Why I'll Be Paying My Kid for Chores
I've heard a lot of arguments against paying kids an allowance in exchange for chores. Some say the children have to do chores just because they're part of the family. (Yes.) Others say it teaches children to help out just for a reward and not for the joy of helping. (Yes.) I think those things are all true. And I'll still be paying my kid an allowance to do her chores (as long as my husband agrees -- it may be interesting to see his reaction this post).
Part of parenting is teaching your child how the world works. We live in a capitalist country that regularly trades work for money. The sooner kids learn that money doesn't fall from the sky for no reason at all, the easier they'll have it when they're spit out into that mess we call the job market.
Allowances also teach delayed gratification and the concept of saving. As my girl starts wanting treats at the swimming pool or a collection of sea monkeys, she's going to want some pocket money. Up until this point, we haven't let her make those decisions on her own -- we've always decided when she can have something and when she can't. I'm looking forward to giving her a little more control over her treats, and I'm also looking forward to teaching her the far greater reward of a big prize at the end of an anticipated wait rather than a pocket full of trinkets and bubble gum. It's a tenet I practiced better in my youth than I did as an adult, and with this recession mess we're going through, I'm putting more stock myself in the waiting game. Man, I can't wait to redecorate that kitchen.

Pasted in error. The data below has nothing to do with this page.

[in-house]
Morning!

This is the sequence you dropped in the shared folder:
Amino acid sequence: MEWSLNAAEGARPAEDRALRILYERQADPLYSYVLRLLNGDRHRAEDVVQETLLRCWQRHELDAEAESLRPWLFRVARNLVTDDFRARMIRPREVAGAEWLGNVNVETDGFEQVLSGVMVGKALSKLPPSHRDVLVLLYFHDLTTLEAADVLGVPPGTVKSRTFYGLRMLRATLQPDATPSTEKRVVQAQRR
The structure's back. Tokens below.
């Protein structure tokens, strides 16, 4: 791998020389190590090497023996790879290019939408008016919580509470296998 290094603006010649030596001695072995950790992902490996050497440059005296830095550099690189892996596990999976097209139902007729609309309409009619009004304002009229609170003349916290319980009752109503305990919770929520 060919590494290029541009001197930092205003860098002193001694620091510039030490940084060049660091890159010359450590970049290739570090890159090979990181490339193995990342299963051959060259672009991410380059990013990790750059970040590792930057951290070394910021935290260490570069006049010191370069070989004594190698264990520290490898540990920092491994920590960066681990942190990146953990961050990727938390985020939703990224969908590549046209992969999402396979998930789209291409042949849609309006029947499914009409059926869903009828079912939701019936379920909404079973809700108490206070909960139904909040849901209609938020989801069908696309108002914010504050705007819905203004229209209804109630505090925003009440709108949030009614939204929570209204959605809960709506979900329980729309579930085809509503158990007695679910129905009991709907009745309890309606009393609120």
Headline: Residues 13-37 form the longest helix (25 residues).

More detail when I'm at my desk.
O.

We don't give my daughter an allowance yet, but we'll probably start soon. (She's five.) She already does chores around the house, although not as regularly as she will once that allowance comes along. Now she does them because I tell her quite sternly to do them. That evil eye business won't stop once she starts getting an allowance -- doing the chores is not an option, but whether or not she receives her pittance is. If she does them willingly and without being asked more than once, she'll get the allowance. If she doesn't, she'll do the chores anyway for free. I think that's key -- the main argument against offering an allowance is the idea that the child could simply not do the chores if he or she decided not to care about the money. Oh, no. OH, NO. That is not how we roll.
That said, teaching kids how to handle money is so important. I will not only encourage an allowance, we'll teach my daughter how to handle a checking account and a credit card BEFORE she leaves the house. We want her to suffer the consequences on a small scale at home before she suffers them at the macro level out in the world. I believe that's as much a part of parenting as teaching children not to talk to strangers. DON'T TALK TO VISA. OR MASTERCARD. EVEN IF THEY HAVE CANDY.
Here's my real question: How much? If you offer an allowance, how much is it a week for how much work and which age kid?